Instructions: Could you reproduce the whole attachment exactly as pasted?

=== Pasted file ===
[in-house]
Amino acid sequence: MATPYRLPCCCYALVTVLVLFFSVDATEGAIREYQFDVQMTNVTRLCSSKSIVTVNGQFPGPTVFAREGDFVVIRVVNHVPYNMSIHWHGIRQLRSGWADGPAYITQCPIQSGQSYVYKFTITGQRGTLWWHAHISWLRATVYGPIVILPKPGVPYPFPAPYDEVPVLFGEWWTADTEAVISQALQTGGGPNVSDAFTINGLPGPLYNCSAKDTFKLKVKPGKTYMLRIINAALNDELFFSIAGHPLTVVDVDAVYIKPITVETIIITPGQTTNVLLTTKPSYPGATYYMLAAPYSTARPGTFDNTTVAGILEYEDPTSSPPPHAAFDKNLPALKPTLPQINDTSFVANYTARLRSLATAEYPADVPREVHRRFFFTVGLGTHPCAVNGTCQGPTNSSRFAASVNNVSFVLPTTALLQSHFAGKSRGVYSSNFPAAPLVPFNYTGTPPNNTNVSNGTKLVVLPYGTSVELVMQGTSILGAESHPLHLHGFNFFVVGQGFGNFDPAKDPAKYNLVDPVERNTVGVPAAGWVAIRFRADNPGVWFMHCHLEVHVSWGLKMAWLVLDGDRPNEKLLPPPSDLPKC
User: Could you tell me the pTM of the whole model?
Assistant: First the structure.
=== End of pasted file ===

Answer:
[in-house]
Amino acid sequence: MATPYRLPCCCYALVTVLVLFFSVDATEGAIREYQFDVQMTNVTRLCSSKSIVTVNGQFPGPTVFAREGDFVVIRVVNHVPYNMSIHWHGIRQLRSGWADGPAYITQCPIQSGQSYVYKFTITGQRGTLWWHAHISWLRATVYGPIVILPKPGVPYPFPAPYDEVPVLFGEWWTADTEAVISQALQTGGGPNVSDAFTINGLPGPLYNCSAKDTFKLKVKPGKTYMLRIINAALNDELFFSIAGHPLTVVDVDAVYIKPITVETIIITPGQTTNVLLTTKPSYPGATYYMLAAPYSTARPGTFDNTTVAGILEYEDPTSSPPPHAAFDKNLPALKPTLPQINDTSFVANYTARLRSLATAEYPADVPREVHRRFFFTVGLGTHPCAVNGTCQGPTNSSRFAASVNNVSFVLPTTALLQSHFAGKSRGVYSSNFPAAPLVPFNYTGTPPNNTNVSNGTKLVVLPYGTSVELVMQGTSILGAESHPLHLHGFNFFVVGQGFGNFDPAKDPAKYNLVDPVERNTVGVPAAGWVAIRFRADNPGVWFMHCHLEVHVSWGLKMAWLVLDGDRPNEKLLPPPSDLPKC
User: Could you tell me the pTM of the whole model?
Assistant: First the structure.